The Columbia Spotted Frog and the Oregon Spotted Frog (Rana pretiosa) were long considered members of the same species. While tough to tell apart, these two frogs have non-overlapping ranges (live in different areas)
and can be identified by where they are found. The Columbia Spotted Frog is a mediumsized frog with irregular black spots, usually light-centred, on the head, back, sides and legs. Adult frogs can be green, brown or reddish-brown while juveniles are brown or olive green. Two dorsolateral folds (ridges of skin) run from the frog’s head partway along the back. The eyes are set so that they are angled slightly upwards, like those of the Oregon Spotted Frog.
Undersides tend to be cream-coloured with mottled reddish or salmon-coloured pigmentation on the lower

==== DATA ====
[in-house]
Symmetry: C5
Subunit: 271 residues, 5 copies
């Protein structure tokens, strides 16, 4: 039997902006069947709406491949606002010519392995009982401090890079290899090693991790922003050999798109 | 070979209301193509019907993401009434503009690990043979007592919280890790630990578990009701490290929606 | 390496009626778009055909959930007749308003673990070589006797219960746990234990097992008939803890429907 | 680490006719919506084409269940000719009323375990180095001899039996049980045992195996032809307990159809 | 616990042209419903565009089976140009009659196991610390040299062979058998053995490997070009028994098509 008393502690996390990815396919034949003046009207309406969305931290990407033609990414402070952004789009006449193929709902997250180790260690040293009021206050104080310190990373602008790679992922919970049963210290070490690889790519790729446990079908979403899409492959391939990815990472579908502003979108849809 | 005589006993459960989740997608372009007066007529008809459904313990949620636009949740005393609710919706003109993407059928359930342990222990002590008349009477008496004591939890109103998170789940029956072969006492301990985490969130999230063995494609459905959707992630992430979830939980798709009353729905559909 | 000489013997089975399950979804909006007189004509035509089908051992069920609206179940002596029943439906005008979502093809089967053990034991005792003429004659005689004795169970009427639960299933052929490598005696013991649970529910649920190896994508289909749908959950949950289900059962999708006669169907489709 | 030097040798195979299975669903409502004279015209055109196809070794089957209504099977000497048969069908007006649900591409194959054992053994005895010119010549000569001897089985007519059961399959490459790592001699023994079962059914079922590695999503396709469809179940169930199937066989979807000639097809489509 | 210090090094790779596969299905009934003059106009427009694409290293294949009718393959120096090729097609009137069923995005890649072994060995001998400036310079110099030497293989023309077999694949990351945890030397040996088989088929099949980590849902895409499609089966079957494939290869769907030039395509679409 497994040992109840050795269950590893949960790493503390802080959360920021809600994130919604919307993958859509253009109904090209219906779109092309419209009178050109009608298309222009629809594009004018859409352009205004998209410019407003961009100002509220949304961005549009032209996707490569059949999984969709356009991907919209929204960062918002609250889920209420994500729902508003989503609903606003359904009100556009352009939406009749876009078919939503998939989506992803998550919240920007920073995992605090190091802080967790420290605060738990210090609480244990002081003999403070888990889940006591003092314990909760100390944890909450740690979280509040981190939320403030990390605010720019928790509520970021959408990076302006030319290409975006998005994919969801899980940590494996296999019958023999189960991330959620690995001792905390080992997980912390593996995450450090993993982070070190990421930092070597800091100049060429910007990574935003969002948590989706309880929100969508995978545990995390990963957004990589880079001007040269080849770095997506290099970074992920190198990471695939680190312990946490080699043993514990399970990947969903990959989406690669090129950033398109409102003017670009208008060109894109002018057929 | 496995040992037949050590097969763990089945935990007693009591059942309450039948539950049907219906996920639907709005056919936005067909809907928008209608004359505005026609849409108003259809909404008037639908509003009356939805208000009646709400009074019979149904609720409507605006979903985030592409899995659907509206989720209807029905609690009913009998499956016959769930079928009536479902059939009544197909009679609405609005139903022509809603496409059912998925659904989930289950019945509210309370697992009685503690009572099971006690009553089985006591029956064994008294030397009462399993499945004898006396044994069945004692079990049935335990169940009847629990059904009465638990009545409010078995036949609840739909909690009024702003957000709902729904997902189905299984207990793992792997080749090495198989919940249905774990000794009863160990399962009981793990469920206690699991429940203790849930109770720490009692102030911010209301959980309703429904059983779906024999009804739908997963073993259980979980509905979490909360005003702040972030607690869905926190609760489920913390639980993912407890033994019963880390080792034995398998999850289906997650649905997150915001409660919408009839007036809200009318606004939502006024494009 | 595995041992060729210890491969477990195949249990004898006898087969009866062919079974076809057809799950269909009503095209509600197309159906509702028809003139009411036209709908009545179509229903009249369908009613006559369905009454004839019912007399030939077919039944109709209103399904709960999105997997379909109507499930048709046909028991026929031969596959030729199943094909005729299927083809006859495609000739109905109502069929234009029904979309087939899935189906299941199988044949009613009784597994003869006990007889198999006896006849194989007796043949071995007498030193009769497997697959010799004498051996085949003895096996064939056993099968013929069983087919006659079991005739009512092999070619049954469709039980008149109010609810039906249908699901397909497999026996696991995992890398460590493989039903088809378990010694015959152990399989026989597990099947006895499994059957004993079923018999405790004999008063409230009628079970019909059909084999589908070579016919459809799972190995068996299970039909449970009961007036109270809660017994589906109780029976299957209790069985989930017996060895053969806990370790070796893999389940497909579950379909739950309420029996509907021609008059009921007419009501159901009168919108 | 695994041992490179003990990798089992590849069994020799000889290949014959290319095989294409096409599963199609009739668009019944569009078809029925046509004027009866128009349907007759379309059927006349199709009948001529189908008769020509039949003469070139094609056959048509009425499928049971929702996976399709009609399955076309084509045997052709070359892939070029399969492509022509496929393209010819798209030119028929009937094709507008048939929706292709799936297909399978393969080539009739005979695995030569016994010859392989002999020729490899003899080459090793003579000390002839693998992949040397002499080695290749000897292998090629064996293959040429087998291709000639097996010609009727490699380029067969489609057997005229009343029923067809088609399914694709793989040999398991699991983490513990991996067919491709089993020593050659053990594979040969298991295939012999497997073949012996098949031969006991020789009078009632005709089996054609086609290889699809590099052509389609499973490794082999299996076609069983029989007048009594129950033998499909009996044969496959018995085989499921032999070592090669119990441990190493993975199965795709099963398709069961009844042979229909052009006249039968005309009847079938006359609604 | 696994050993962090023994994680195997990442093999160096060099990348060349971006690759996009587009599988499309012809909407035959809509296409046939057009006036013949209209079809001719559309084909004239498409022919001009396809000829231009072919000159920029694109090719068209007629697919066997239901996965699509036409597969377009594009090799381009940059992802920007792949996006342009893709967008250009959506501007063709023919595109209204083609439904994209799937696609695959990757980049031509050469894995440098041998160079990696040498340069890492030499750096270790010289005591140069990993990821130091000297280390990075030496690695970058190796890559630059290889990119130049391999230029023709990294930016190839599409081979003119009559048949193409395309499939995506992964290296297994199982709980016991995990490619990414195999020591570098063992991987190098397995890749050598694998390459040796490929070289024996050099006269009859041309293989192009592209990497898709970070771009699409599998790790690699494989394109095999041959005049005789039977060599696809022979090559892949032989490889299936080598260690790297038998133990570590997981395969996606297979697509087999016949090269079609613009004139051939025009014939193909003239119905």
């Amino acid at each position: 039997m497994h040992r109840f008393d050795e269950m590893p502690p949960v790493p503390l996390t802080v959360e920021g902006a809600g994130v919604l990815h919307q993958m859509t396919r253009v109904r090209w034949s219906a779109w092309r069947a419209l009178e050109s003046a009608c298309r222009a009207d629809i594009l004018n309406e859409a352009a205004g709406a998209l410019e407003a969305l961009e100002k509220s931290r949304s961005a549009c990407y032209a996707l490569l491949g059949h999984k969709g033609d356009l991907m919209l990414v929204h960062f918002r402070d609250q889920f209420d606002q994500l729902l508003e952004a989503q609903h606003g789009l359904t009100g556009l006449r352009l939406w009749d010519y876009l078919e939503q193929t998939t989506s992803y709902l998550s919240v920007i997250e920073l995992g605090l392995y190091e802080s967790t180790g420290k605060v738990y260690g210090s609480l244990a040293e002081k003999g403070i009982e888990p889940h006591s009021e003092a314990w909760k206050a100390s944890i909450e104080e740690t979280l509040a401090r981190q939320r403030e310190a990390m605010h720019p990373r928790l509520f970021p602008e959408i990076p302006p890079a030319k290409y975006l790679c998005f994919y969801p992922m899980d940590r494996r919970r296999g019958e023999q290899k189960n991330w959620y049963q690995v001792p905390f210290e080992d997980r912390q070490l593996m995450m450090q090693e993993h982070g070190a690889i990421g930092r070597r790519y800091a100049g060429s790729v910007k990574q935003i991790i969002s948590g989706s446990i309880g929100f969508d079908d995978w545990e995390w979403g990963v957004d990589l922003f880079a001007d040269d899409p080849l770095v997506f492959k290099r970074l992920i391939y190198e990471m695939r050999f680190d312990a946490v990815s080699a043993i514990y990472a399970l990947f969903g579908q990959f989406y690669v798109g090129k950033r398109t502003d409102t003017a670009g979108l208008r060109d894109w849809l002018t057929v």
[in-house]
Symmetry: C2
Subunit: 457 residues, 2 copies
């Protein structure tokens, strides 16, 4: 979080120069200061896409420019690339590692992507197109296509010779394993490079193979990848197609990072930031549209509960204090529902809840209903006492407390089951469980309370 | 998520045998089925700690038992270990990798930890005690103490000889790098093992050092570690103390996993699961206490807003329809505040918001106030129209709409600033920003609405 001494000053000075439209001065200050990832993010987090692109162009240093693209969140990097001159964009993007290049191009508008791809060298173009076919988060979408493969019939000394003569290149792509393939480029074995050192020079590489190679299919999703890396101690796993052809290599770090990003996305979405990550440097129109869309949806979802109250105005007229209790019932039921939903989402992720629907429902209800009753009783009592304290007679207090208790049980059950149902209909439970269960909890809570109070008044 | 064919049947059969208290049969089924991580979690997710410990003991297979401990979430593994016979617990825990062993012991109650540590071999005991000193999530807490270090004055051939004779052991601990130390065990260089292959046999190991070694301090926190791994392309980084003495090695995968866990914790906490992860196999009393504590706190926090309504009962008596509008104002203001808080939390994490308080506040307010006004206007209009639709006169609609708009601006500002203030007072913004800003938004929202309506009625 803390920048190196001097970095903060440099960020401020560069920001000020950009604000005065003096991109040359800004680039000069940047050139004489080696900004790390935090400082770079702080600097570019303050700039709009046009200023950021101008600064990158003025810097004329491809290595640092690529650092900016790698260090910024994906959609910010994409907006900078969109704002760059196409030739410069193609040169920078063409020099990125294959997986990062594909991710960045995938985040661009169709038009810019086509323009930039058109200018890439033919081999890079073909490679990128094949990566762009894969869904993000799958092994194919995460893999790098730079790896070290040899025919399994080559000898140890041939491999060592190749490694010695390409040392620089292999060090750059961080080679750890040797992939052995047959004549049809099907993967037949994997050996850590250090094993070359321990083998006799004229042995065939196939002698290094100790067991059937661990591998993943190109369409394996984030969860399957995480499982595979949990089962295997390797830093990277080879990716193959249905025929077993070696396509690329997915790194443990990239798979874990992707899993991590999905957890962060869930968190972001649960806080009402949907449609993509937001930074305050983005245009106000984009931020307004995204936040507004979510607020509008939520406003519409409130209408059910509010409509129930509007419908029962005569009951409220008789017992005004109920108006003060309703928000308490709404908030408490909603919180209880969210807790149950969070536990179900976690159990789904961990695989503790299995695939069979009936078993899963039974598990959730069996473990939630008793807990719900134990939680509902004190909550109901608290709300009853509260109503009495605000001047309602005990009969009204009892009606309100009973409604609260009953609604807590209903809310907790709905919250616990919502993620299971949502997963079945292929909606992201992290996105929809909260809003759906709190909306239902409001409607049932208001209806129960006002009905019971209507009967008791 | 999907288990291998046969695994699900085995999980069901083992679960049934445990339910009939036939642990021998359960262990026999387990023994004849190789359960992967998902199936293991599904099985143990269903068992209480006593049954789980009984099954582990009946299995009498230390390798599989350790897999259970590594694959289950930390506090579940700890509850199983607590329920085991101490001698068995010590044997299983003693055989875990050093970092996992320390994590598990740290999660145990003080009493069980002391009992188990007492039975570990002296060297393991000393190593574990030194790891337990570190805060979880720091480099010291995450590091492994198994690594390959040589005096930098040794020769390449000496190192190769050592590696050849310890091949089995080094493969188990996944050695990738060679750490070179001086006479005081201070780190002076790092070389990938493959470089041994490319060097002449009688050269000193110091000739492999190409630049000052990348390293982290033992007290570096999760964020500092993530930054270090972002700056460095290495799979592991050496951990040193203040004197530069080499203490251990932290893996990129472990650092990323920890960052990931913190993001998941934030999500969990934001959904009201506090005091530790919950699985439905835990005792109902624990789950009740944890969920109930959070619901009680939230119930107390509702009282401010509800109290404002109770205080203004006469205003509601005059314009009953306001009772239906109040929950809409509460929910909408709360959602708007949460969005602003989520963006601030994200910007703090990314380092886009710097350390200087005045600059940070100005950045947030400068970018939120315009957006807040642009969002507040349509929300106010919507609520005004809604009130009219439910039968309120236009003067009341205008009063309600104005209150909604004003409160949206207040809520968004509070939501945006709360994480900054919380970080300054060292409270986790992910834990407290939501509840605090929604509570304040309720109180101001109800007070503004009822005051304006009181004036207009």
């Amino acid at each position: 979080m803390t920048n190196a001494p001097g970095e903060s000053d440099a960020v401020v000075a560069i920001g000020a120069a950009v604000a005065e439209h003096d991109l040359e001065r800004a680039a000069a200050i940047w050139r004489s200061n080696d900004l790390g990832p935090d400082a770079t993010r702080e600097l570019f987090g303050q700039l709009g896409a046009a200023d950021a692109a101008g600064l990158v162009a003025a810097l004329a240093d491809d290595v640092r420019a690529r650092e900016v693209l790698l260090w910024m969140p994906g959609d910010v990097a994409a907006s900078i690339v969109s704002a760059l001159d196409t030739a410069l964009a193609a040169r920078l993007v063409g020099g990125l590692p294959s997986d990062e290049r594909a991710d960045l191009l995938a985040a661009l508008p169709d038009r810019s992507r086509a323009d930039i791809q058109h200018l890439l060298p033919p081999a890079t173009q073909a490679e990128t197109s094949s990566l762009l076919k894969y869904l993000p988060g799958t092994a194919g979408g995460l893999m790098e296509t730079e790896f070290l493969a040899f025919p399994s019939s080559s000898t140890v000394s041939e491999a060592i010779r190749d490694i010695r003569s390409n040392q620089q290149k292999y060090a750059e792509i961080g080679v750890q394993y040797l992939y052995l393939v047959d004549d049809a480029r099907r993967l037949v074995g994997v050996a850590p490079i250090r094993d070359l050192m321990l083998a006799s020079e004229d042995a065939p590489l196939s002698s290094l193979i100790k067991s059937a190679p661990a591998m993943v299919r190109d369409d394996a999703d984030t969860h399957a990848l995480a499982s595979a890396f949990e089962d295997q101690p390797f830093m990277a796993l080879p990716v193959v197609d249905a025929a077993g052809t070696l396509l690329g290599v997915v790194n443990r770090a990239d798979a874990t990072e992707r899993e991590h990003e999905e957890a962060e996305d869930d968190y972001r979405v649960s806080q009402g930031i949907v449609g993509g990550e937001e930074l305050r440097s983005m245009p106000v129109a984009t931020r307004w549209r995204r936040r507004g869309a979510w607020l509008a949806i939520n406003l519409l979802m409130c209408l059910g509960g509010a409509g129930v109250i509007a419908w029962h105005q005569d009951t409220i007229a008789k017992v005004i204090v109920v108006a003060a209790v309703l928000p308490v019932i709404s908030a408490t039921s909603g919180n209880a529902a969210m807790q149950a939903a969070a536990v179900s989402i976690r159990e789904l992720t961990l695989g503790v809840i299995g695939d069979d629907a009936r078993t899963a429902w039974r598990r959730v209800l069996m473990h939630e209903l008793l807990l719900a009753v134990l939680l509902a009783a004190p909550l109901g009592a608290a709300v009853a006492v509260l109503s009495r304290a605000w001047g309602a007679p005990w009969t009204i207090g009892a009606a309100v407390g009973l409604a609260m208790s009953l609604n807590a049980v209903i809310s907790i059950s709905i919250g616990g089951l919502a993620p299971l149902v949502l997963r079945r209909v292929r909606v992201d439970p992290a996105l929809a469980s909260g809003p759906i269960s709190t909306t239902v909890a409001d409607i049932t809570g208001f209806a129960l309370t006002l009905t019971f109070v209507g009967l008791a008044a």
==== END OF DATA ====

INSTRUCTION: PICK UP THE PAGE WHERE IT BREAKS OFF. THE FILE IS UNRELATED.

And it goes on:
abdomen and hind-legs, but can also be yellow in some populations. Adult females are slightly larger than
the males and can grow to a length of 5 to 10 centimetres (snout to rump). Webbing on the feet extends to
the ends of the toes. Tadpoles are dark brownish-green, with gold flecks above and iridescent yellow to bronze below. Intestines are visible through the skin, and the broad-finned tail is often twice the length of the body.
Ministry of Water, Land and Air Protection. 2002. Columbia Spotted Frog (frogwatch factsheet). Ministry of Water, Land and Air Protection. BC FrogwatchFactsheet. 10